Art deco came to a screeching halt as style de rigeur during the Great Depression. It was considered inappropriately ostentatious, gaudy and gauche to have all those images and icons of prosperity, when people were lining up around the block to get food stamps. You can see their point, can't you. But I'm sure glad that the places like Napier maintained this style and we get to go and look at it. As a beautiful little city, Napier is a stand out, and its because of this almost institutionalised art deco-ness.

Back to Poirot. And the pervasive presence of the art deco style is one of the things that makes watching Agatha Christie's Poirot such a treat. The attention to detail in everything on this show (over 19 years in the running) is amazing. Everything from Poirot's spats (these are things he wears on his shoes, and do not refer to a small altercation or something a cat does if she's cross with you) to his cutlery is carefully considered. Although there's nary a bronzed naked lady juggling illuminated globes to be seen. Not Poirot's style. Right?

Tuesday, May 11, 2010

What's In and Why

G'day and welcome to blog #38. We're back in Auckland after a weekend trip to Gisborne. As part of my new stay-a-while, cafe-enjoying, people-watching mode, I've found myself reading more magazines than usual in the last few weeks. Cafes seem to stockpile them. What's caught my eye has been the fashion pieces that appear in almost every magazine except Mechanics Weekly. Many of these pieces have a focus on what's in - the current fashion trends. This intrigues me.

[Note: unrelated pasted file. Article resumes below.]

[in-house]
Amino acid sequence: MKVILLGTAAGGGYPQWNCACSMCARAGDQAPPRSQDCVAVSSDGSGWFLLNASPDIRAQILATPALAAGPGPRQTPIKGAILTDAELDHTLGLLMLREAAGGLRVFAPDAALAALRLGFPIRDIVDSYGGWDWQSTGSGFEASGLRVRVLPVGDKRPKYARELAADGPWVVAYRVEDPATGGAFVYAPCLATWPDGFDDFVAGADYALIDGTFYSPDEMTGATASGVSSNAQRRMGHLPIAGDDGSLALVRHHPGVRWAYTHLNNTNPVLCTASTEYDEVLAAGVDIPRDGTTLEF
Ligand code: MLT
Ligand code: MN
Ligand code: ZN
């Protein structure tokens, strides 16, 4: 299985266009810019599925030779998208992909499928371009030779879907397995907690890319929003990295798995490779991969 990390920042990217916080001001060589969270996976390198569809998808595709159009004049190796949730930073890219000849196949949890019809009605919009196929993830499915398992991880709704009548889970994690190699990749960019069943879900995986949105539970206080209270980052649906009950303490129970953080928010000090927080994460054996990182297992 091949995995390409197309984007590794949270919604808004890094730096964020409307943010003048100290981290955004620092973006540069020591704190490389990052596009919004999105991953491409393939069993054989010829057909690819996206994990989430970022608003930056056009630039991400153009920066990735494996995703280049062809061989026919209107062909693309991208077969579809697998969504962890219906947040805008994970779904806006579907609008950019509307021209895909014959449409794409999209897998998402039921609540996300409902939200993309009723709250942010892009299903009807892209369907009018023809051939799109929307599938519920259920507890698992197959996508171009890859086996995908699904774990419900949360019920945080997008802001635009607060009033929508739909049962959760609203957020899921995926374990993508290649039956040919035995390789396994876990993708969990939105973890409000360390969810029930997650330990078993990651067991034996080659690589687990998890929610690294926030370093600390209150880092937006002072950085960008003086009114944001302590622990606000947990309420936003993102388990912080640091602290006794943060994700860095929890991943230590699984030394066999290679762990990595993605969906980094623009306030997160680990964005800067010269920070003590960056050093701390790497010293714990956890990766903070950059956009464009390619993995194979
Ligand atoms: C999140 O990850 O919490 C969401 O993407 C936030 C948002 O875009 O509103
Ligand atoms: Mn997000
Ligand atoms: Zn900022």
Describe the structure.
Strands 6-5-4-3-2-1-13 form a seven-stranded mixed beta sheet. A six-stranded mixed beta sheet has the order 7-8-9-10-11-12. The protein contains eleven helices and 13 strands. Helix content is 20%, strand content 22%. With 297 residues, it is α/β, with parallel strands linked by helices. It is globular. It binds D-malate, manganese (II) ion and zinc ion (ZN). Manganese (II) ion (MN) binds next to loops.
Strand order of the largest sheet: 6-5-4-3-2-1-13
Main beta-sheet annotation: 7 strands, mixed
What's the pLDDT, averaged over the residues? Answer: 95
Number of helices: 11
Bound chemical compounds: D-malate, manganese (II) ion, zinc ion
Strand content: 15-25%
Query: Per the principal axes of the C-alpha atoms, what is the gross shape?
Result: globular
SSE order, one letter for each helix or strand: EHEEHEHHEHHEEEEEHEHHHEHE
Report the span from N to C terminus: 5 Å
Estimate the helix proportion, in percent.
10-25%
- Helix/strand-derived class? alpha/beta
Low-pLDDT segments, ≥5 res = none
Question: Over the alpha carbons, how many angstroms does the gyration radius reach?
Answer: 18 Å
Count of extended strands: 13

What's In (and how can we know for sure?). Here's three recent examples:

  1. Military. Apparently, clothing that is military inspired is in. These are items that have things like shoulder detailing (like epaulets), brass buttons and other detailing (like decorative studs), and combat boots. I read about this trend before leaving Australia, so when I came across this military-inspired jacket recently, I knew a photo opportunity had magically appeared. Note skeptical look on my dial.
  2. Clogs. This is an item of footwear made primarily out of wood. This gives you an indication of how flexible it is, and how much support it may provide to one's foot. Clogs are in because, I read, Karl Lagerfield (the "kaiser") used them in one of his recent runway shows. The fashion editor where I read this did make an amusing comment which was along the lines of: if I couldn't wear them when I was 14, I wont be trying them again now. Touche. Plus, clogs don't look good with orthopedic inserts.

  3. Chunky knitwear. "Artisan" knitwear is the go, with chunky, fluffy and hybrid wools being used to create cardigans, sweaters and dresses that previously were the sole domain of cottage industries and sold at weekend markets along with organic capsicum and second hand cutlery. Some of the items illustrating this piece were indeed like works of art. And that's probably where they should be displayed - on a wall somewhere, not on somebody's body. Especially if that person is shorter than 6ft3 and weighs more than 40kgs.

The thing that trips me up about these fashion trends is, well, a two things actually: